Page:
Domingo Santana â€“ (From Astros) â€“ The 22-year-old righty has plenty of raw power and is patient enough to wait for his pitches, but he is also known for striking out close to a third of the time in the Minors. Has fared decently against righties in the Minors but has crushed lefties to a .303/.385/.523 slash over his minor league career. He could push Khris Davis for playing time in right field as soon as later this season. His brief call-ups have not gone well to date, featuring an over-aggressive approach that doesnâ€™t reflect what he has done in the Minors and given his youth, the righty still projects as a possible everyday, albeit low batting average, good power/OBP hitter or useful platoon player.
Brett Phillips (from Astros) â€“ Phillips was the centerpiece and most likely the long-term replacement for Carlos Gomez. The 21-year-old is a legitimate centerfielder with 20-20 potential. Last year, he made some strides in the plate discipline department only to give them back and once again become an aggressive hitter who rarely walks, limiting his potential as a possible leadoff hitter. On the other hand, his once questioned power has come on strong with 16 homers combined between two levels. Expect him up in Milwaukee in mid to late 2016 and if all goes well, to be their 2017 opening day centerfielder.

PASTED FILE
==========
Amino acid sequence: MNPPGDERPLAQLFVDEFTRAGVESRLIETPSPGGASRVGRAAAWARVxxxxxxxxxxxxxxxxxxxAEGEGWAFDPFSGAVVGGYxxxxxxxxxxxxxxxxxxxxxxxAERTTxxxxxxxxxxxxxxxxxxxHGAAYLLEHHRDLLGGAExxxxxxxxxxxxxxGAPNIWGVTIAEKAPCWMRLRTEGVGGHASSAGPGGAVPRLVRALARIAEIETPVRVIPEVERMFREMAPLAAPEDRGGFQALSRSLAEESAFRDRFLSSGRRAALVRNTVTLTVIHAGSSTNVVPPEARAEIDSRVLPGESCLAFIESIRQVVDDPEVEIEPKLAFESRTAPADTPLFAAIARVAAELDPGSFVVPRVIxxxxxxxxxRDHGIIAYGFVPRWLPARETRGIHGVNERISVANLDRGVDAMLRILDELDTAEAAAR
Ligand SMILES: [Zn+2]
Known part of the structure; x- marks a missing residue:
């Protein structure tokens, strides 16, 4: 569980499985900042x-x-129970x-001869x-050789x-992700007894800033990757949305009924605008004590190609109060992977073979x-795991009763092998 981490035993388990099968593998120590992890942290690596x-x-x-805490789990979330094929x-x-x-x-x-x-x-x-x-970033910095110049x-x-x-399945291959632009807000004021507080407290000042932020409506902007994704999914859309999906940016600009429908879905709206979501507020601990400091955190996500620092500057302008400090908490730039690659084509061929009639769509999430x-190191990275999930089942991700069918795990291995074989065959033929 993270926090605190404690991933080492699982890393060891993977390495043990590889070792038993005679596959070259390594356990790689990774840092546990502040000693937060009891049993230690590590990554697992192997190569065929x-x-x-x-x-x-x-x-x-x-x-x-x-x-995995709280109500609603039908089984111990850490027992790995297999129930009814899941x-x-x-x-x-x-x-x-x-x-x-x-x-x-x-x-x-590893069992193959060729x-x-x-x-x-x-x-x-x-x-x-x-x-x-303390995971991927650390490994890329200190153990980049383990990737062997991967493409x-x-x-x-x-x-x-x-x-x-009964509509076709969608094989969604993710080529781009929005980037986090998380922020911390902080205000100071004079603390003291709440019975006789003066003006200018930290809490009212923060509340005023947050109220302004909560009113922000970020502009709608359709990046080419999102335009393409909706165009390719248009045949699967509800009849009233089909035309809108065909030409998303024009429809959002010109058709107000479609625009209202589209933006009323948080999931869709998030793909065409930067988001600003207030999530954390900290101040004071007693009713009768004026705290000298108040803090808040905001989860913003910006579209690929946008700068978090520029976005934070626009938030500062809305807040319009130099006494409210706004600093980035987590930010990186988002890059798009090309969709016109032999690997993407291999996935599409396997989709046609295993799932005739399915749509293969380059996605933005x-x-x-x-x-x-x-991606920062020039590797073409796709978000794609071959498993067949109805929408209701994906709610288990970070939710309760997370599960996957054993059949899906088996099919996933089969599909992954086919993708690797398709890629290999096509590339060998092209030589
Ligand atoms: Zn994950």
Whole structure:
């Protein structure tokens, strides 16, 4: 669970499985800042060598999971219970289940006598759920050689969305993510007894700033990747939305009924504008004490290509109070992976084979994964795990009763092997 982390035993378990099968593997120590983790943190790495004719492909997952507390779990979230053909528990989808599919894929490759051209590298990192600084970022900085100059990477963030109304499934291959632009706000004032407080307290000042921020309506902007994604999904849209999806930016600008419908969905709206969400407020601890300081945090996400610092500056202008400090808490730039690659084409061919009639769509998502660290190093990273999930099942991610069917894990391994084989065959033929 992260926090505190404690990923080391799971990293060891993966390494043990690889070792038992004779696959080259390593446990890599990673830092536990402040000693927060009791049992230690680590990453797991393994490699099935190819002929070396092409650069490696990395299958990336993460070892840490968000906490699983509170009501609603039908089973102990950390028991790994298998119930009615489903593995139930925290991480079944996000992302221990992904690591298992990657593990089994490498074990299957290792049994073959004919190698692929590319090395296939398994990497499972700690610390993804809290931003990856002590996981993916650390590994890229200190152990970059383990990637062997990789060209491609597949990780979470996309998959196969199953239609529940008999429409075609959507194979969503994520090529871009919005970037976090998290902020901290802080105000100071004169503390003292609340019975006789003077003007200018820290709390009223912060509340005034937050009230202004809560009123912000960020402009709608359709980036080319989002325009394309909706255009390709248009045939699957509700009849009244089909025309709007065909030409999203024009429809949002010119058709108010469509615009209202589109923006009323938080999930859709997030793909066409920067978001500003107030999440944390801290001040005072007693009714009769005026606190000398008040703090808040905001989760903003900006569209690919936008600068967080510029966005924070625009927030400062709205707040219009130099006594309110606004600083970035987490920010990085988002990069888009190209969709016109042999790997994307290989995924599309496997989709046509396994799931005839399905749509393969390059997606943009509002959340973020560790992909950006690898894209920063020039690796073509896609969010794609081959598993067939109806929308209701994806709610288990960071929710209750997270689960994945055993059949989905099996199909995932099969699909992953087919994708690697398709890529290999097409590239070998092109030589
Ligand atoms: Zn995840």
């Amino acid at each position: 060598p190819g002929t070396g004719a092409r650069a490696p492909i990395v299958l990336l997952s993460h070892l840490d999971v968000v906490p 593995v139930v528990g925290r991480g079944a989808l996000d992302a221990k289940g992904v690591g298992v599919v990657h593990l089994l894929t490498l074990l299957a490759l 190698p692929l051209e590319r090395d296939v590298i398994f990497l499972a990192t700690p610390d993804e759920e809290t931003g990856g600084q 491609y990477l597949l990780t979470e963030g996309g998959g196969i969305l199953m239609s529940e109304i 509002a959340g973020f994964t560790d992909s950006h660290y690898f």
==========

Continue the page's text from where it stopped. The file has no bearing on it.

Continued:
Josh Hader (from Astros) â€“ This trade marks Haderâ€™s third organization since being drafted by the Orioles in 2012. Itâ€™s good to be young and left-handed, even if you are a former 19th round pick. Hader does not have a plus pitch, but he has improved his ability to throw strikes and generate strikeouts due to a deceptive delivery. Heâ€™s a starter at the momentÂ but is probably a middle reliever in the long run.
Adrian Houser (from Astros) â€“ Houser is a fairly hard thrower with multiple potential plus pitches, but he has not always been effective at using them. He posted a 10.0 K/9 with a 3.6 BB/9 in A+ ball this year but has struggled upon promotion to Double-A, where his K/9 has dropped three points and his command has faltered. If he can keep improving his secondary pitches and his ability to throw them for strikes, he may have back-end of the rotation or middle relief potential as soon as 2016.
Yhonathan Barrios (from Pirates) â€“ Barrios is a converted infielder with a cannon of an arm. However, he is still very much a thrower and not a pitcher to date, yet heâ€™s made it all the way to Triple-A. He could be up later this year or next season. Given his recent move to pitching, he has late bloomer potential if he can develop his command and a secondary pitch.
Malik Collymore (from Cardinals)- A toolsy and raw 20-year-old outfielder with good power/speed potential, Collymore is the epitome of a â€śproject player.â€ť The righty hit well in rookie ball last year and remains in rookie ball for a third straight season, but he is showing signs of improvement. Heâ€™ll move up to full-season ball next season.